Comic Love: 750 YEARS IN PARIS


750 Years. One city. One building.

This is a masterpiece.

Vincent Mahé’s debut graphic novel from Nobrow Press is the kind of work that you could 100% understand a cartoonist spiking the mic and walking away from the industry over. I’m not exaggerating, 750 Years In Paris is just that damn good.

This comic does something outside-the-box in that rather than driving forward with characters telling the tale of 750 years in the City of Lights, it is focused solely on the location. A single property in Paris, France, is shown over 750 years. Beginning in 1265, Mahé chronicles the good, bad, and ugly times of one of the world’s most famous cities with an engrossing style that had me completely hooked from the first page I saw. The choice to focus on and adapt a single property through the ages is brilliant, but this book is more than just concept. Mahé is one hell of a gifted artist and the emotions he can evoke from faceless people around a property that stands the test of time is amazing.

750YearsInParis_018 - Copy


I read this book four days before the shootings in Paris and I have several times since. Mahé captures the resilience and history of this city like no other historical work I have ever read. Paris has been, several times, a violent city and a grand city where events have occurred that have changed the world. Mahé captures the legacy of the famous city without relying on famous landmarks and locations, but rather by using a location where the people of the time would have lived. To me, this makes his work all that more powerful in that he isn’t relying on “stereotypical” imagery associated with Paris, but brings the history down to the level of the common person. Having never been to Paris and living in a city just over 100 years old, I have never felt connected to the history of a place quite like I did while reading this amazing work. This graphic novel will make you feel, and that is the brilliance of what Mahé has built here.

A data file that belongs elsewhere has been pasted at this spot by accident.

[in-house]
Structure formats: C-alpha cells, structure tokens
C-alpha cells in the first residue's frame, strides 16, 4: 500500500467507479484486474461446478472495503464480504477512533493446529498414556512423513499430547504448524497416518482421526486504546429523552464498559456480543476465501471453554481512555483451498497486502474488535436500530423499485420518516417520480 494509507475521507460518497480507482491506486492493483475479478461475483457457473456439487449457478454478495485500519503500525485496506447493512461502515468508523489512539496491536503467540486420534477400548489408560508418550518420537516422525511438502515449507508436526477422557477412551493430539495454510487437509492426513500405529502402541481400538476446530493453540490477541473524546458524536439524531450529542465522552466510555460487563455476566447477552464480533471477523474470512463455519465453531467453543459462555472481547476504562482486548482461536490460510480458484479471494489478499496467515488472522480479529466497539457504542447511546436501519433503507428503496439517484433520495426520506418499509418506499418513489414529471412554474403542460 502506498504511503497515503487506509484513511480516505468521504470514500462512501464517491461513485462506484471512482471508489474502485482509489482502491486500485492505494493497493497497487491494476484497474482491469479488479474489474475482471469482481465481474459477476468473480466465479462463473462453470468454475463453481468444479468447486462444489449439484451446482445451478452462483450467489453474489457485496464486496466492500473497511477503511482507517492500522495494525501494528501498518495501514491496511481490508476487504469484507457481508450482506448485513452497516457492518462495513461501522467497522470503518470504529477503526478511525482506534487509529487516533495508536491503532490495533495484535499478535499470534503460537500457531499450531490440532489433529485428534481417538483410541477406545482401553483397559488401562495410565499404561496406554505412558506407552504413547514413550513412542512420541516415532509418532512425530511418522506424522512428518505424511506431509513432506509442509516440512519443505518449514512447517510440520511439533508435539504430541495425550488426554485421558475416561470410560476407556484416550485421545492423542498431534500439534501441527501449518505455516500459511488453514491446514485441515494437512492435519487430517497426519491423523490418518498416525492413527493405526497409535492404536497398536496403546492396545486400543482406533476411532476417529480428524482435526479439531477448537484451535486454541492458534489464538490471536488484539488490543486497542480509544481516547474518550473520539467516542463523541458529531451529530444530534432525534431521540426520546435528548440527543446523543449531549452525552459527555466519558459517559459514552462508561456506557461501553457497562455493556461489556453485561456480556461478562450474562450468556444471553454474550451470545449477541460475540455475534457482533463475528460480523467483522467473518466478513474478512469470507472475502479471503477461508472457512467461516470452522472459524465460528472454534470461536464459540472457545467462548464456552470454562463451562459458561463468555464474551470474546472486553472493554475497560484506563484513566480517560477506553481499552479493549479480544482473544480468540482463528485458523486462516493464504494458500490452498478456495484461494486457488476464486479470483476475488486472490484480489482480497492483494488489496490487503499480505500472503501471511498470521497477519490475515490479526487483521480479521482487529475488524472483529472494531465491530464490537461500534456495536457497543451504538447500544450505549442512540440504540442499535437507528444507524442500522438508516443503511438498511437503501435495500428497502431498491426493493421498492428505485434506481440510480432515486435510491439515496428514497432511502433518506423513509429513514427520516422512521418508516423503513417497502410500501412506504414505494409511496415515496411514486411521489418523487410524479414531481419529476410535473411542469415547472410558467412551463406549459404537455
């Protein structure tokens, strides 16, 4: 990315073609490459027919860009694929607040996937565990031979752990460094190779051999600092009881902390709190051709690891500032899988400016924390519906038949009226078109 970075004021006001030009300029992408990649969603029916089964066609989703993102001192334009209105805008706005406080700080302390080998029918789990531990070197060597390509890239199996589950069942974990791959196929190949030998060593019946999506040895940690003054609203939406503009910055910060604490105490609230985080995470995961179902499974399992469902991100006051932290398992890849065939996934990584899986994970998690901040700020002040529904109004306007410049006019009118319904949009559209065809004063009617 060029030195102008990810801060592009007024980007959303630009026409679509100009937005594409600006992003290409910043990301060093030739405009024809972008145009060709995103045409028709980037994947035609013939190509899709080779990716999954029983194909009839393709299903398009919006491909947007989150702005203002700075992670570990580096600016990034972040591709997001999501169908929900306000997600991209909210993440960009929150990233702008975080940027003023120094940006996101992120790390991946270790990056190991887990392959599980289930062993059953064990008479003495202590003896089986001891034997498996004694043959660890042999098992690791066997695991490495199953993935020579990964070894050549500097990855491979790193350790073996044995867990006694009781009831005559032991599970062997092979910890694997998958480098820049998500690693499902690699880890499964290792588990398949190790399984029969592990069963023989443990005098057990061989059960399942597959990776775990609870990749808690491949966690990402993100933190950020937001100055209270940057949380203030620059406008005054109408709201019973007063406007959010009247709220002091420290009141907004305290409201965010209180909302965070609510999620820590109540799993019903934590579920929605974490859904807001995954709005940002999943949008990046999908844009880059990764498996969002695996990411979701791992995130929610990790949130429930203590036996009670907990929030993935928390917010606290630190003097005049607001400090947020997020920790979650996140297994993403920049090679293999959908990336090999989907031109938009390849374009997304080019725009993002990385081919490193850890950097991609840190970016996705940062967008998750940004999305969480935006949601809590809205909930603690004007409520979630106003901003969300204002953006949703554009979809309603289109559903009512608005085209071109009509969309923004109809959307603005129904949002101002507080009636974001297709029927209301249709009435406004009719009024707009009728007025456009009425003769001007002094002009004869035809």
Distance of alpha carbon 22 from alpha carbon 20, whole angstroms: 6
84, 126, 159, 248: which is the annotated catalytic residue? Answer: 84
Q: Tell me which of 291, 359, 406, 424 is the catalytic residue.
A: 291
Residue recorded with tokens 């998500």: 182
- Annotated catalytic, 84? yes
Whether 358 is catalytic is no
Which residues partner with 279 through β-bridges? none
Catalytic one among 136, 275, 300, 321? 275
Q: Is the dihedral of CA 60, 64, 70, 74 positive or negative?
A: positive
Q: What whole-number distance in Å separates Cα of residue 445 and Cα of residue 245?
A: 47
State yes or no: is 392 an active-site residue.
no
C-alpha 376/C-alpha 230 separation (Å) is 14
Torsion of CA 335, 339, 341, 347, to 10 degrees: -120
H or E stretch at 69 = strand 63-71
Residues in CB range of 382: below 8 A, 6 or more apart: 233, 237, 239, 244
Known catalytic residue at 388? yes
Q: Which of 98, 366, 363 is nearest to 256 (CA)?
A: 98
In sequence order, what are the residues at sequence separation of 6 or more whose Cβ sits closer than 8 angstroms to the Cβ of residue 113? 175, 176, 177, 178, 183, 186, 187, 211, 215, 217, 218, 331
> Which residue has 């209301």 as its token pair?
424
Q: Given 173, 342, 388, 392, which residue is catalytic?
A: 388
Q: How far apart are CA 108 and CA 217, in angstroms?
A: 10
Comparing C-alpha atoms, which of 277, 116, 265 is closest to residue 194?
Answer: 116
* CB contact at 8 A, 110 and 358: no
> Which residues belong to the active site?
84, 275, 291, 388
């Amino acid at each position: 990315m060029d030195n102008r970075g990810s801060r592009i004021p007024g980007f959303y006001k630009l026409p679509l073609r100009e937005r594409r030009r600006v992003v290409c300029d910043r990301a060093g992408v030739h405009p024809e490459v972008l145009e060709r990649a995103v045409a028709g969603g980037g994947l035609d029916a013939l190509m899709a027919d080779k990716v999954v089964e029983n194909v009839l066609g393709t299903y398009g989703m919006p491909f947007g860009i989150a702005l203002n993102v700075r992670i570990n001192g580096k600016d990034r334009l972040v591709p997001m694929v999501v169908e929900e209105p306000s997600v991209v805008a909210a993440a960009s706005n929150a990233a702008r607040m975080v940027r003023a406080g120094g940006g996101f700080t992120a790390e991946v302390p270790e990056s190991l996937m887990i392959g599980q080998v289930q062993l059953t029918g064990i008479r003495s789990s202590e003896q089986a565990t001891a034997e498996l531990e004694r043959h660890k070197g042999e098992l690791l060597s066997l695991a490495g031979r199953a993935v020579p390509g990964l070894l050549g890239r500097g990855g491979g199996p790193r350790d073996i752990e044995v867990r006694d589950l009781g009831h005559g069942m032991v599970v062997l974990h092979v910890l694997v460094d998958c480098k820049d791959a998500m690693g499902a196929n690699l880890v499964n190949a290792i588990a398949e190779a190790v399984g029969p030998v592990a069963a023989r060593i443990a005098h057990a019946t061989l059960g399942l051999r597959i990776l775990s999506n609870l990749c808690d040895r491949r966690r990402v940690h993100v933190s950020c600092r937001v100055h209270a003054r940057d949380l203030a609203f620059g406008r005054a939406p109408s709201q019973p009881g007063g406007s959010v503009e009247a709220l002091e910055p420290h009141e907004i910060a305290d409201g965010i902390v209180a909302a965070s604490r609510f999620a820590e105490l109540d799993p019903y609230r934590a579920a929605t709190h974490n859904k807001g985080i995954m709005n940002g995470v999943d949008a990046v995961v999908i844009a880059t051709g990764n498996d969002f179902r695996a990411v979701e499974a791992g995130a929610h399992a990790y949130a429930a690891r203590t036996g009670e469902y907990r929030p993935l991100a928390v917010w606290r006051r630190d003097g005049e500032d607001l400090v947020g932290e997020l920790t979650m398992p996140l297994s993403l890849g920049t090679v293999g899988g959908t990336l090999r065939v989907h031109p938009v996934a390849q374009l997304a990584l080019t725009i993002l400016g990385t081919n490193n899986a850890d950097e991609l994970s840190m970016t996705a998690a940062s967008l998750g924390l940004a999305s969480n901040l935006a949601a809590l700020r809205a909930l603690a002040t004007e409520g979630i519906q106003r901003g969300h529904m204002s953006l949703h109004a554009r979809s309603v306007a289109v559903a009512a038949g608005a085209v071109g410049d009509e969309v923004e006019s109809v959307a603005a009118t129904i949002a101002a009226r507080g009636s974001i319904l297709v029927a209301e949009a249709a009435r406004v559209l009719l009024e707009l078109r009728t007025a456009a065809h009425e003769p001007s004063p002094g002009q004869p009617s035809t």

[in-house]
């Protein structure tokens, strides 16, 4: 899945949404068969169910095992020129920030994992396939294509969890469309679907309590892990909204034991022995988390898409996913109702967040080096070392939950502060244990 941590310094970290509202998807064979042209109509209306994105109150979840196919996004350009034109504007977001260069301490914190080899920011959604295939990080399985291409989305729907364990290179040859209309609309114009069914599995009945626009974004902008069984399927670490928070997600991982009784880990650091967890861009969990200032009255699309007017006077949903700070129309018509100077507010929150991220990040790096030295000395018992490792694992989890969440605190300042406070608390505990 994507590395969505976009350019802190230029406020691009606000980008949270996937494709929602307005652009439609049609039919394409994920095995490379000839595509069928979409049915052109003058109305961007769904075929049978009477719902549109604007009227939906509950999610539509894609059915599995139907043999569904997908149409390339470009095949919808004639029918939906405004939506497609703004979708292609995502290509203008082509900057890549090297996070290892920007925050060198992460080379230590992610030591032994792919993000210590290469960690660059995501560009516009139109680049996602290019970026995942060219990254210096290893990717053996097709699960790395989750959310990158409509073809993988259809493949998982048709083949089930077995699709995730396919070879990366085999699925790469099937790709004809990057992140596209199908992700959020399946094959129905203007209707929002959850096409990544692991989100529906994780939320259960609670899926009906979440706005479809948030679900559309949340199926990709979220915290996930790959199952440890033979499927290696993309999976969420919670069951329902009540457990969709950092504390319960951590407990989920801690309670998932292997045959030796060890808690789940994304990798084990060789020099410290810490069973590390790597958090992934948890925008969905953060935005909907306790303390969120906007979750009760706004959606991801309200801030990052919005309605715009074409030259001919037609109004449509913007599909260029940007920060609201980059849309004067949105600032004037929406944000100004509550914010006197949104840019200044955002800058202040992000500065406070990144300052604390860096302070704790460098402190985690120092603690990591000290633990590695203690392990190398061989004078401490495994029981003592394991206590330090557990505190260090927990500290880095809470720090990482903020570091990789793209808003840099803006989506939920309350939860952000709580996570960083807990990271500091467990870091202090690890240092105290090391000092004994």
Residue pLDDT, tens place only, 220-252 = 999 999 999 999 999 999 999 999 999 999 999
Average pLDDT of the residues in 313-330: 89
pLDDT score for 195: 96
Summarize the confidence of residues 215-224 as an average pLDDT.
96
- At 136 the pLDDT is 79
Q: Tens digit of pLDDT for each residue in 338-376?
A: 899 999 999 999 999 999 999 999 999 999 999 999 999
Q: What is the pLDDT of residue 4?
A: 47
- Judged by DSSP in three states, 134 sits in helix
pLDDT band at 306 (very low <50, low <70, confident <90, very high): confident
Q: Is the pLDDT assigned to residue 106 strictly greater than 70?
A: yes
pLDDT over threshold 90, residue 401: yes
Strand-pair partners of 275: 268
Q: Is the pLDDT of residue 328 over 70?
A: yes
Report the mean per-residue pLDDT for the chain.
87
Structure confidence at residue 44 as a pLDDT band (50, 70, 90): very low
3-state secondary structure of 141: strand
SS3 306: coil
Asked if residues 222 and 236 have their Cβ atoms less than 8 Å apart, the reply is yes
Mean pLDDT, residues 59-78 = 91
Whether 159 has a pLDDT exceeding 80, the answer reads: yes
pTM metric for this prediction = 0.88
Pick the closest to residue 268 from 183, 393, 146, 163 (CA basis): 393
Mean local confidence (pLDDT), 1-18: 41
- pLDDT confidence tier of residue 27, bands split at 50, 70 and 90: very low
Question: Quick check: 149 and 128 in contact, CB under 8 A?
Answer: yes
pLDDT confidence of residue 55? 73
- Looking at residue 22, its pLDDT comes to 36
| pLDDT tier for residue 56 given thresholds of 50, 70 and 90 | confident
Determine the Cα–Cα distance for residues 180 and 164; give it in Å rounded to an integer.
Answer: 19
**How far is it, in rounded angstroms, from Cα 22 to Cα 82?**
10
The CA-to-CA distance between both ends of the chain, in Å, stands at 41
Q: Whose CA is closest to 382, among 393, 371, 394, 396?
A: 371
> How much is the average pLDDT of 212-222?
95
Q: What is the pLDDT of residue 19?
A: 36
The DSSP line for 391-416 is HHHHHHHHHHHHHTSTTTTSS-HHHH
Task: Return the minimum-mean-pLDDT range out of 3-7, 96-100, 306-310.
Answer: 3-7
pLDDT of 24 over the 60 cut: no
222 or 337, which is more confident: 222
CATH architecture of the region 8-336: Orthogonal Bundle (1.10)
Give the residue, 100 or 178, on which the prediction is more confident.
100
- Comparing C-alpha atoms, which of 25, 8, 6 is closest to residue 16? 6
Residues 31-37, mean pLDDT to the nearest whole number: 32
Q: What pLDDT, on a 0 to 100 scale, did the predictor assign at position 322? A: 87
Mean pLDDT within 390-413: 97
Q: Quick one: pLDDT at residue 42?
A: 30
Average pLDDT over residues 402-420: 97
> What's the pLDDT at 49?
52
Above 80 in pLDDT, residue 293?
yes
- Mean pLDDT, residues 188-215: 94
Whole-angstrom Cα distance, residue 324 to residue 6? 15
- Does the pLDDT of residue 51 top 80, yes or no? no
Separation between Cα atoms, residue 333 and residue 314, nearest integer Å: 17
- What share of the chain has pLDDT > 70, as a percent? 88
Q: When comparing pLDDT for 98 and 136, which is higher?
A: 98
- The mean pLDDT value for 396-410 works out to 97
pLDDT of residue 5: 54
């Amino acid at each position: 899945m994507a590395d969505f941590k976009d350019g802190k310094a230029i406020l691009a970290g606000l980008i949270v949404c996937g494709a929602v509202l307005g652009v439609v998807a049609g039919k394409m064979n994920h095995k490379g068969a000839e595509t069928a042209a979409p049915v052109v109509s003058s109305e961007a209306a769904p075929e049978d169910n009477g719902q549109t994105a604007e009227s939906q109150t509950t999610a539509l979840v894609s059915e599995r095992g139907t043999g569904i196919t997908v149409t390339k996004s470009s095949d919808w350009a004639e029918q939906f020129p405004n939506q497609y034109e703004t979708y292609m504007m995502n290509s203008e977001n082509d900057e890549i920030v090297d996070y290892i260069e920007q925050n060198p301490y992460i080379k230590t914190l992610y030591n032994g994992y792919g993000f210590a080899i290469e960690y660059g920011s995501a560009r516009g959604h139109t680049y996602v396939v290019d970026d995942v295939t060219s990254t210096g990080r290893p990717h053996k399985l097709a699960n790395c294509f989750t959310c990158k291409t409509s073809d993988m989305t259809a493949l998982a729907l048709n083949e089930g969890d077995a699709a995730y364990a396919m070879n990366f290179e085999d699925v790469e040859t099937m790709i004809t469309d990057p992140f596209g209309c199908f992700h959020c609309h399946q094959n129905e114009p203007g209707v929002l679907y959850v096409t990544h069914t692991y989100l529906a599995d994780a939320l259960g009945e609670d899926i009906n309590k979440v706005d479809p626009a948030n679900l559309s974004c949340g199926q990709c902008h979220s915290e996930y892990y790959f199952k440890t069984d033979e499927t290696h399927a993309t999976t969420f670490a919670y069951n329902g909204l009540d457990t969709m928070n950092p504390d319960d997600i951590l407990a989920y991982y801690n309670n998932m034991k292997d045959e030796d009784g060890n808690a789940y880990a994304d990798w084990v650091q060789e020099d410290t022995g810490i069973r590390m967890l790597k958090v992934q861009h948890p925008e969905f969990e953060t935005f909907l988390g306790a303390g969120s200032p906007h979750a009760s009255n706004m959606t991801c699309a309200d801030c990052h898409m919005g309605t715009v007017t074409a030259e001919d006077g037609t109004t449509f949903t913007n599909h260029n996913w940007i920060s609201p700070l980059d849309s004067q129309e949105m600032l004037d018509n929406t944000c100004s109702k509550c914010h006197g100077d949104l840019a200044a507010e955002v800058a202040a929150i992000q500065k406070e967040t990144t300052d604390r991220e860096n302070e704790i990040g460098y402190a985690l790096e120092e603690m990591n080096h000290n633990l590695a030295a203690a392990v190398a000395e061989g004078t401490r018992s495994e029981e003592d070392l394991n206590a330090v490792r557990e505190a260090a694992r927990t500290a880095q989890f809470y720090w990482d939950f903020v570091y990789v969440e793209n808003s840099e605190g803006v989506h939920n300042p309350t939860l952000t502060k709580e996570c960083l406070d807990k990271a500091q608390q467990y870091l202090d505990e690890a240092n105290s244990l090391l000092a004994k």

Stepping back a bit from Mahé’s brilliance, attention must be paid to Nobrow’s brilliant design team. 750 Years In Paris is physically large, and screams “coffee table book”. It’s the kind of book that if you leave it out, the design is elegant and striking enough to not look out of place in a room and I guarantee any visitors you have will pick it up…and they won’t put it down. Nobrow spares no expense with the printing, which matters with a work of art like this. The impact would not be the same if this was printed as a standard sized trade paperback and I applaud Nobrow for recognizing this. This story is given the proper representation and room to breathe, props to Nobrow for letting its mastery unfold as it should.


This is the kind of comic that takes a person aback and makes them realize the ingenuity that can be found in this medium. I cannot recommend it highly enough, as I know this book’s impact will stay with me for years. This book transcends something I could simply review, in my mind, it is something else entirely that belongs in a different league of storytelling. Bravo, Vincent Mahé, your brilliant work has changed my perception of the medium and made me ravenous for new kinds of storytelling.

More information about 750 Years In Paris can be found at the Nobrow Press website here


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